Renewables are on the rise, coal is bleeding out, and natural gas is frustratingly cheap. While the energy sector fights it out for the future of the planet, researchers around the world are sneakily coming up with proof-of-concept technologies that may provide our gizmos with new sources of power further down the line.
Enter left stage, MIT’s thermal resonator. This rather magical-sounding device doesn’t need anything other than the ambient environment to generate electricity, which it does so by “harvesting” lingering thermal energy. This isn’t witchcraft, dear readers: this is the bleeding edge of engineering, and although we wouldn’t expect to own one anytime soon, it’s hard to argue that this isn’t extremely clever stuff.
Have you heard of the thermoelectric effect? It’s a neat quirk of physics that allows for the generation of a voltage when a specialized device known as a thermocouple is registering at different temperatures on either side of it. At the same time, if you add a voltage to the thermocouple, it’ll result in a temperature difference across the device.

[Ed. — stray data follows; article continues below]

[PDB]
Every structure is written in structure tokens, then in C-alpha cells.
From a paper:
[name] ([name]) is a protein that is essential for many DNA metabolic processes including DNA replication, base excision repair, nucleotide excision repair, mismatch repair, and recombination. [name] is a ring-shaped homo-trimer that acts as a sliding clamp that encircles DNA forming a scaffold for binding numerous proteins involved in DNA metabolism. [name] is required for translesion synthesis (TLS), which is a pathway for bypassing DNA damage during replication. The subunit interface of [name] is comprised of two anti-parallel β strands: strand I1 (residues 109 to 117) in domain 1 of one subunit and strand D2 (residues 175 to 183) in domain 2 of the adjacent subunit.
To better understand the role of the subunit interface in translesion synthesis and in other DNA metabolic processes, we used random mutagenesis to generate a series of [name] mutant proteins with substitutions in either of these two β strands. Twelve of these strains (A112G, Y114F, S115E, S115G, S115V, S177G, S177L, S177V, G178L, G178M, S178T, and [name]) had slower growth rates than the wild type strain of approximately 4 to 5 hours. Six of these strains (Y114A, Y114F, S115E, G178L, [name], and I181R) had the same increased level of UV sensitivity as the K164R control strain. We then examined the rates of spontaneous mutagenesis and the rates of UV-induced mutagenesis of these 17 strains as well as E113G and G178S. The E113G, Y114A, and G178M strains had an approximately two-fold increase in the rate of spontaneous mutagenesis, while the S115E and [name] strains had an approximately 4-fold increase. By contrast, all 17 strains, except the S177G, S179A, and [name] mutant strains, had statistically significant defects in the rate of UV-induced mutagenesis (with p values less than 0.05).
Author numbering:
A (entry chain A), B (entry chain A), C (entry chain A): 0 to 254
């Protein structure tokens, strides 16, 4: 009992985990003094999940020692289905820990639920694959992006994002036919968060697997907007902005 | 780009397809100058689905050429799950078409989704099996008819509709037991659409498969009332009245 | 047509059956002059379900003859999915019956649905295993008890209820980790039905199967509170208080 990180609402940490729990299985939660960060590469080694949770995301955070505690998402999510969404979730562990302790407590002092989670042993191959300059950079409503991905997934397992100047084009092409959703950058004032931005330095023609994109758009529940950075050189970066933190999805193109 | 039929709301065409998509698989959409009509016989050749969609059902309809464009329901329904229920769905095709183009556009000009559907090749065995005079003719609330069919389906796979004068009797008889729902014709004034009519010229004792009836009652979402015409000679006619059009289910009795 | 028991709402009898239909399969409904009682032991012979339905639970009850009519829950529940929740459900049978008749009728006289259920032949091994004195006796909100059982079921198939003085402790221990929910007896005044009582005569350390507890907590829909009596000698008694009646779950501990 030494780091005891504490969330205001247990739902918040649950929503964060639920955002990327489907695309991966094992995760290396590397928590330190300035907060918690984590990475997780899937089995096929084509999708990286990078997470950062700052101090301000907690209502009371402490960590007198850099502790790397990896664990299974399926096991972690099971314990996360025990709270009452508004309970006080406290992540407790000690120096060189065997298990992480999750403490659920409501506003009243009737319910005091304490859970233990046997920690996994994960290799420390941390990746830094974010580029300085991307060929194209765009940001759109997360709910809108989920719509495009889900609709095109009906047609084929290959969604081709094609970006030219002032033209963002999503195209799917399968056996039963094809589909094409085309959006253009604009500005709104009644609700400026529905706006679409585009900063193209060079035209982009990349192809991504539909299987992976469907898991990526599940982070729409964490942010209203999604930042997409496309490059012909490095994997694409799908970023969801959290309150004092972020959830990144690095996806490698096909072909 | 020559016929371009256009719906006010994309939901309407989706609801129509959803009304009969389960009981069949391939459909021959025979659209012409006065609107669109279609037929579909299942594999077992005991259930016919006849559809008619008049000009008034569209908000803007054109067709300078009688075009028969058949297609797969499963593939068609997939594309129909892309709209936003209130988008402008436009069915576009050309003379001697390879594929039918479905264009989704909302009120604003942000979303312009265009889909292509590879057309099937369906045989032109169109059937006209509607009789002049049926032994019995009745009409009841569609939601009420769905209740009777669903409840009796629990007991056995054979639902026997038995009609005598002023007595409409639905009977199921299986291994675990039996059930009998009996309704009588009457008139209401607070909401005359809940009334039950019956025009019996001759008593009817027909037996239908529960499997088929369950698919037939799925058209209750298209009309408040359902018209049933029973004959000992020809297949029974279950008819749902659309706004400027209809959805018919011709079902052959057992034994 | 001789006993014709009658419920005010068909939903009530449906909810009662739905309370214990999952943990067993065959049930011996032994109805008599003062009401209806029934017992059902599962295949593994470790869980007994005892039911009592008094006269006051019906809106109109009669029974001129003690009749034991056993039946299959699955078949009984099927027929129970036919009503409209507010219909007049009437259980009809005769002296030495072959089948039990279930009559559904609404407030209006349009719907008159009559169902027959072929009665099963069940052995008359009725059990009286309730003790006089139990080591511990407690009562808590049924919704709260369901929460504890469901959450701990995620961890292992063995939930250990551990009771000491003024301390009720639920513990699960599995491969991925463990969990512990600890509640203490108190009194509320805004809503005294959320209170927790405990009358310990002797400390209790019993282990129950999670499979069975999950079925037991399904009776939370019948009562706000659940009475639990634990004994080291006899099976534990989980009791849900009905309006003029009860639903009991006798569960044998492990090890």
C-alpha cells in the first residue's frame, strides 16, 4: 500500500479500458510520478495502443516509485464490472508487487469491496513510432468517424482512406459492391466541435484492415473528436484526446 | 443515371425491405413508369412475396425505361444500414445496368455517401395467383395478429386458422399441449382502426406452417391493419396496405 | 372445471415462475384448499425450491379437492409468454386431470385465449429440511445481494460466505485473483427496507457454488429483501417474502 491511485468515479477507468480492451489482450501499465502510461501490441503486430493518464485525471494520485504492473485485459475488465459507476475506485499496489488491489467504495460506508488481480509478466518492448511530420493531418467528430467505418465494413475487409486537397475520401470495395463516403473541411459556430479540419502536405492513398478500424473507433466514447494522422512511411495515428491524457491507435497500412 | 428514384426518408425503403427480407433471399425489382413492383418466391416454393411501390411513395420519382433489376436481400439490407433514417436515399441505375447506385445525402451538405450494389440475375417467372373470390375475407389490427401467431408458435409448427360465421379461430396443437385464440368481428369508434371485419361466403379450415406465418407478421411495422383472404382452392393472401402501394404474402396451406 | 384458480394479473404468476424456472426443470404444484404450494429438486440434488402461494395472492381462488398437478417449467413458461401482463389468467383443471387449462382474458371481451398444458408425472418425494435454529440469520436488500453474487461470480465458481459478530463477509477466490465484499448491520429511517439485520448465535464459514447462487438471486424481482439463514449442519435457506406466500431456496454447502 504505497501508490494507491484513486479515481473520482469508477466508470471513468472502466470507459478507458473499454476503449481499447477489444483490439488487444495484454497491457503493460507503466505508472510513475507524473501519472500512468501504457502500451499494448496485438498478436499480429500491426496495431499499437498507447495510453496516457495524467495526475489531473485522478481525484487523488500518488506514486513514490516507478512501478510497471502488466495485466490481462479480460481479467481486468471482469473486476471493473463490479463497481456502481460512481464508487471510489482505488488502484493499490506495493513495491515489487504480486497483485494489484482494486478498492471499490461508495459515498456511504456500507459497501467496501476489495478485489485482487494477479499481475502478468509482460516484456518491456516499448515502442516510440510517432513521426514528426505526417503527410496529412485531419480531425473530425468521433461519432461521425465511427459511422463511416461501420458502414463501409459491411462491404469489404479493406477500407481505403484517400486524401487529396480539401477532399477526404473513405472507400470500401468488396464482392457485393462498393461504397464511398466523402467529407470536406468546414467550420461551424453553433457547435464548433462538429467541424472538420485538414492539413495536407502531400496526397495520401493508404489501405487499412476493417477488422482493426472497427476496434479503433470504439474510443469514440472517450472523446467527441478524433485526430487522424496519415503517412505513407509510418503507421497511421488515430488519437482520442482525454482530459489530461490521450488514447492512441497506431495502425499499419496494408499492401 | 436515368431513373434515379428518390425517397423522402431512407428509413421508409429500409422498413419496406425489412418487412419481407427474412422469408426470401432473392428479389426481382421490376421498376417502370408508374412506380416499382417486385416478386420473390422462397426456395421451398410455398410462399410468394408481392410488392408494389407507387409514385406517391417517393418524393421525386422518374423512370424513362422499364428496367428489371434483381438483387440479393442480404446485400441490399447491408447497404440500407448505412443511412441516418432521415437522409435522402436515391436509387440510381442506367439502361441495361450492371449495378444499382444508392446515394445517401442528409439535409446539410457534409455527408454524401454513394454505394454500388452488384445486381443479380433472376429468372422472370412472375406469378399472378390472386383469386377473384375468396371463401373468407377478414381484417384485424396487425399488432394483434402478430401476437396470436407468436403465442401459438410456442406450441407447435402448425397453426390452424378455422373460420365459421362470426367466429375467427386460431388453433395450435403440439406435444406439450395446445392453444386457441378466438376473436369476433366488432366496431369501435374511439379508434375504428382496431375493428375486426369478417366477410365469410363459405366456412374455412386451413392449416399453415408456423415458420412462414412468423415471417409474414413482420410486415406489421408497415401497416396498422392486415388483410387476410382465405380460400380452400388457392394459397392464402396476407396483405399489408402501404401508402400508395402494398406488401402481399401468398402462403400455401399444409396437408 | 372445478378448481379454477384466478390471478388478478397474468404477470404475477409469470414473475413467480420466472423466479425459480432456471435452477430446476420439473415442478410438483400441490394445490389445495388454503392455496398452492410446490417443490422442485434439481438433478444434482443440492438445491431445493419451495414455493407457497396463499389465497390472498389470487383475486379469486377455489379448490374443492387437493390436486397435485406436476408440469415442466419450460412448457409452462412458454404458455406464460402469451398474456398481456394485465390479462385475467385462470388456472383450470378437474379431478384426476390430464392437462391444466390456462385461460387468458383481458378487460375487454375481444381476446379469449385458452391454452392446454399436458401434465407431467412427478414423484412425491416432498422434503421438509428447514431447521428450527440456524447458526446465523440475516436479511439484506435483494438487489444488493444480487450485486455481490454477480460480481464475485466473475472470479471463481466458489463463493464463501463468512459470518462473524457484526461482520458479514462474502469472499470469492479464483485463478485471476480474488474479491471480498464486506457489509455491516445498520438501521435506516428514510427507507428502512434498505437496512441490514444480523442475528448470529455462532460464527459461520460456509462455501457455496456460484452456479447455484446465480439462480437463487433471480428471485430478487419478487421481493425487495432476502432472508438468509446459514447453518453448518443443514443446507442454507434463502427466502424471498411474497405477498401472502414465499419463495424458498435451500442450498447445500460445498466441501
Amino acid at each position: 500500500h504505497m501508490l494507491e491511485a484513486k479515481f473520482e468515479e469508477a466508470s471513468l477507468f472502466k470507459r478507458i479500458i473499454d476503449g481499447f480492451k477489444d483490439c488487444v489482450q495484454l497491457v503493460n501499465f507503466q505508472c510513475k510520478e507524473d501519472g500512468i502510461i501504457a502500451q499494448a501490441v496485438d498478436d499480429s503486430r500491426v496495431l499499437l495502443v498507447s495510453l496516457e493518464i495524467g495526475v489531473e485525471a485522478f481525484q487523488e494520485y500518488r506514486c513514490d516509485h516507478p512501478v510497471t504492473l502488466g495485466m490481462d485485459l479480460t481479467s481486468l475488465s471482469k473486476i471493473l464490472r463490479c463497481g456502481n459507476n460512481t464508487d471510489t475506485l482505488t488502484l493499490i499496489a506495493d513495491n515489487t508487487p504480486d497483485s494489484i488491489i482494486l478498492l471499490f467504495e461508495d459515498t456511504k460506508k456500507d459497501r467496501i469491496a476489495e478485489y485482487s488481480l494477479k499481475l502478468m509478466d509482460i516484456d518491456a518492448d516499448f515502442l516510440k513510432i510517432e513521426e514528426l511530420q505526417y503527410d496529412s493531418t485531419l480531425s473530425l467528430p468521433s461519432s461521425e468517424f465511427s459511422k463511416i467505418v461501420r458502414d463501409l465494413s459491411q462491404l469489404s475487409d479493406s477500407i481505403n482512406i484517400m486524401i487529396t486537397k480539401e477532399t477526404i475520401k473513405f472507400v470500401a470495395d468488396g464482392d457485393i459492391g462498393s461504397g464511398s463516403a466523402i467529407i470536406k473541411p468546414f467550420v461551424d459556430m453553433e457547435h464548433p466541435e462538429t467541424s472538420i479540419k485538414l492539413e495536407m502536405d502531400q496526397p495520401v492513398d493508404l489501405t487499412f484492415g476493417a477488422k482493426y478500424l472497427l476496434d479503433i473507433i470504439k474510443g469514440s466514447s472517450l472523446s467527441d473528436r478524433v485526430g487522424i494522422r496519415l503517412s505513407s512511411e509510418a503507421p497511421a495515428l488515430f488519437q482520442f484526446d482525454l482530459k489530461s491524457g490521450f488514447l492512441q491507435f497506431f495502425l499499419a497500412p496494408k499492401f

Thermoelectric devices that utilize this effect aren’t new. They’re used in diesel engines, and occasionally in watches – wasted thermal energy escaping from the system is recaptured and transformed into electricity, making systems more energy efficient.
The problem with said devices is that a temperature difference has to be maintained across the device at all times. In the absence of anything causing this – sunlight fluctuations, say – no electricity can be generated, and this, according to an MIT-authored Nature Communications paper, is where their new device comes in.
They’ve concocted the world's first thermal resonator, a device that they note can generate electricity based on small temperature fluctuations in the surrounding environment. As these happen everywhere, from the darkest shadows to the tops of mountains, this makes their device incredibly versatile.